By Vidhi Chugh, Data Scientist


Andrew Ng is probably the reason most aspiring data scientists find it easy to break into this field. The ease with which he explains the most technical concepts is unparalleled.

I look up to him for reasons more than one, but primarily my technical writing skills derive a major motivation from him i.e. to make it easy for everyone to understand the difficult jargon. He literally makes learning data science an art rather than a tedious gamut of the vast curriculum that often gets overwhelming.

I recently watched the recording where he introduced the difference between model-centric and data-centric AI. This was something I had observed in the ML projects I have delivered, however, could not talk about it in principle with such detail, thanks to the imposter syndrome. But when Andrew explained the importance of working more on data rather than frantically trying the cutting edge and advanced algorithms, it totally resonated with me.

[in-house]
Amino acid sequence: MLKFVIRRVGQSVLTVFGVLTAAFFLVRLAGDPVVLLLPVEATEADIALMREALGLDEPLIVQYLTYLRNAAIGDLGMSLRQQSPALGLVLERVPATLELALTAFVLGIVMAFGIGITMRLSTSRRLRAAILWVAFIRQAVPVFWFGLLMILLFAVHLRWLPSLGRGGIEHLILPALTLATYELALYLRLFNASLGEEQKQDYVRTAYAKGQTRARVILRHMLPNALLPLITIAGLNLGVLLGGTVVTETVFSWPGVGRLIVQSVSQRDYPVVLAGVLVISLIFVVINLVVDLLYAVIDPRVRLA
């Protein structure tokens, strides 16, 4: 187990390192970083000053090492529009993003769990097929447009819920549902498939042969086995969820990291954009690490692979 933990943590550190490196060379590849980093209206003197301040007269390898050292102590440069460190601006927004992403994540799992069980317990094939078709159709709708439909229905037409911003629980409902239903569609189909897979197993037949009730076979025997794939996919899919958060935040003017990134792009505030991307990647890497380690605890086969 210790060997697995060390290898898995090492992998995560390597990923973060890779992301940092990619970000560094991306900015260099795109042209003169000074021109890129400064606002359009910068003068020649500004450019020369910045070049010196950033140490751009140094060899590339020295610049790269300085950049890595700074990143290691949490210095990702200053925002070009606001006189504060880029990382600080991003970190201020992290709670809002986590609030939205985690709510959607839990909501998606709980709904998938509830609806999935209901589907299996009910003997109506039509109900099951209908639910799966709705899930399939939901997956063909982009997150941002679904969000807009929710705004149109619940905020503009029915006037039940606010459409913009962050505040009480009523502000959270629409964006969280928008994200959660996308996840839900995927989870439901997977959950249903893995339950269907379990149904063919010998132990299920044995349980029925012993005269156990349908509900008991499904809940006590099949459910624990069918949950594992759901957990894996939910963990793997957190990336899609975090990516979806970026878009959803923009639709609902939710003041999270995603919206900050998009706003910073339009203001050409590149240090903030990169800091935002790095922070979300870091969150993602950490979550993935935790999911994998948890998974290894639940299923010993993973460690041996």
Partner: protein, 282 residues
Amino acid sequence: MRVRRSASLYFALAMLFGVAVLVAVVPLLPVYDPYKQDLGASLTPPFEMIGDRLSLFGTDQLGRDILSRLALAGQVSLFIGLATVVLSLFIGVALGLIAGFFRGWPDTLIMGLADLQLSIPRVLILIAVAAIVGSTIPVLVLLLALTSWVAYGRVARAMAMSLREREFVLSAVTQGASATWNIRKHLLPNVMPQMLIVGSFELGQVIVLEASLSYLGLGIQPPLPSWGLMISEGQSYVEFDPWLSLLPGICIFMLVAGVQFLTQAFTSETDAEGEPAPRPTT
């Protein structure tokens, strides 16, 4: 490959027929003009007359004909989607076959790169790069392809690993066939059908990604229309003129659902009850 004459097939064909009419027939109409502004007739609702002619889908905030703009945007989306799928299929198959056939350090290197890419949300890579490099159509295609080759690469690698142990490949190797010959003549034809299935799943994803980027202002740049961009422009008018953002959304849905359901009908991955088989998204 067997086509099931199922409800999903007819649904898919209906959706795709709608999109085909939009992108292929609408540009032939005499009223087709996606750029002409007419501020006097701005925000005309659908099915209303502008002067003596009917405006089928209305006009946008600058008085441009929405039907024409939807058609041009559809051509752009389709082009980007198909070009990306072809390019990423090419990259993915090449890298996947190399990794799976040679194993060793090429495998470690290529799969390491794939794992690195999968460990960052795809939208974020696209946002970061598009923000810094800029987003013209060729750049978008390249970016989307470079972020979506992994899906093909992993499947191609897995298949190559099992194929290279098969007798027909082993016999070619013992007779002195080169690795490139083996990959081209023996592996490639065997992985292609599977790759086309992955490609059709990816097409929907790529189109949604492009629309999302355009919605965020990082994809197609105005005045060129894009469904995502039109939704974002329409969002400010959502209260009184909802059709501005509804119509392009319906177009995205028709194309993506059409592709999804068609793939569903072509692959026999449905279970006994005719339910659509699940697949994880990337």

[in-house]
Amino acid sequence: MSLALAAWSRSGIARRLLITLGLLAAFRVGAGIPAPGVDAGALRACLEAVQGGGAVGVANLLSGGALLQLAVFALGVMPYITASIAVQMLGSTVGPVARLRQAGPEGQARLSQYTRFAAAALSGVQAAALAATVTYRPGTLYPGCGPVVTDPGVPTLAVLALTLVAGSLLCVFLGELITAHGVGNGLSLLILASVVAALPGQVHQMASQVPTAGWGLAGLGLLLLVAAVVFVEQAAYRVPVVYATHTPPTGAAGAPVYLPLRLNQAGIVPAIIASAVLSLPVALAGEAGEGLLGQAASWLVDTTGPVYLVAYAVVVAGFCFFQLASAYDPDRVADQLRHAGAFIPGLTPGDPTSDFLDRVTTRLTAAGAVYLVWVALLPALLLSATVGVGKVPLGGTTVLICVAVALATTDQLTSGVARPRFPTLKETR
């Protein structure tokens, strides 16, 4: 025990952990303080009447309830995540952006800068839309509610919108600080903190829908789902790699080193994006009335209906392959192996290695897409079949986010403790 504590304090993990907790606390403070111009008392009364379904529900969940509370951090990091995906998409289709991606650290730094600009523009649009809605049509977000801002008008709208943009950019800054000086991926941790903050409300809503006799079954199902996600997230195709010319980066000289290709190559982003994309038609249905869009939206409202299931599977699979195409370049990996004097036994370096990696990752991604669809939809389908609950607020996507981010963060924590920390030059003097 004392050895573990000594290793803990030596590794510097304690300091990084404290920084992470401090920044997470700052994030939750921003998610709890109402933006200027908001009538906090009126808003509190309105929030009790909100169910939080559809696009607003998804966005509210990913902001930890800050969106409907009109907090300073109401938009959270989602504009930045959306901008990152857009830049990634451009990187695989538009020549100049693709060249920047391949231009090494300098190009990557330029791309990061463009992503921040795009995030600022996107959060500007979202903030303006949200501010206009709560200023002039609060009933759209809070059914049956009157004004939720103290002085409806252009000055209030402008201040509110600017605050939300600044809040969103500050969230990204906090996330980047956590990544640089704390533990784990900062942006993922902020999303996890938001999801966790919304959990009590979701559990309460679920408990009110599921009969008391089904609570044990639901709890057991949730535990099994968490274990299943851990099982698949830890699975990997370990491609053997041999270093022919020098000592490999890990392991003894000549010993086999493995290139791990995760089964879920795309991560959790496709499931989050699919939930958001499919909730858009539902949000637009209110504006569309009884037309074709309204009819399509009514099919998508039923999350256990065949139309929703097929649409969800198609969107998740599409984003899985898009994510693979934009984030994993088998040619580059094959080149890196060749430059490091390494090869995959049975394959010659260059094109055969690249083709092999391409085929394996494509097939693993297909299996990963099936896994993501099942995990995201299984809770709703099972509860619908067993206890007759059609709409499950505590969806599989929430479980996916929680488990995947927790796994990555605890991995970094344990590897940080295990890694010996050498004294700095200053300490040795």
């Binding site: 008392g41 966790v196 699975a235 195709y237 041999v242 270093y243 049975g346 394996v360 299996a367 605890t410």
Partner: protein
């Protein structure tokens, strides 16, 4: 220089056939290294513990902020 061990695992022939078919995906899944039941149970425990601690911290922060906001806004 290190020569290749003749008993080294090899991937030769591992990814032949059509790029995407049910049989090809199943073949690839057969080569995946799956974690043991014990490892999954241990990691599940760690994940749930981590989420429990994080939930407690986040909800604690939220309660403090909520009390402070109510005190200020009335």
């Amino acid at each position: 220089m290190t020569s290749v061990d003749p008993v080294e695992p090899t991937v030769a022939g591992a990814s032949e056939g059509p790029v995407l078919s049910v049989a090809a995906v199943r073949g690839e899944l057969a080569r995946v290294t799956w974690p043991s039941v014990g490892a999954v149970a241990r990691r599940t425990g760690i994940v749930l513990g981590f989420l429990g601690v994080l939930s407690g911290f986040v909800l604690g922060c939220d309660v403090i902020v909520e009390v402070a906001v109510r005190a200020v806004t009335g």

I am writing this article with the intent to keep the notes and summary from his talk, maybe you find it useful too.

The current model-centric state of the data science projects tends to hit the wall beyond a certain point. There is only little you can do with trying multiple sophisticated models when your data is not allowing you to go further.

The whole spectrum of experimenting with different models and checking what works best for the given data and business case does not keep the ball rolling for long. If your best model does not meet the metric that the business wants to be able to give a go-ahead for the project, understand that it is time to go closer to the data and dig deeper as to what part of the data is not qualified enough to make it to the training set. This is the part where you analyze if there are some specific attributes of the test data where your predictions are far from reality.

Data-centric Approach


Source: created by the author using PowerPoint

Let us see what all can we do with data under ‘data-centric approach:

Data label quality: It could be entirely possible that the different labelers gave different labels to a different section of data. If there is inconsistency in terms of how the human experts see a particular problem, there is a slim chance that machines will pick it either.

Data Augmentation: Generate the data that your model has not seen during the training…

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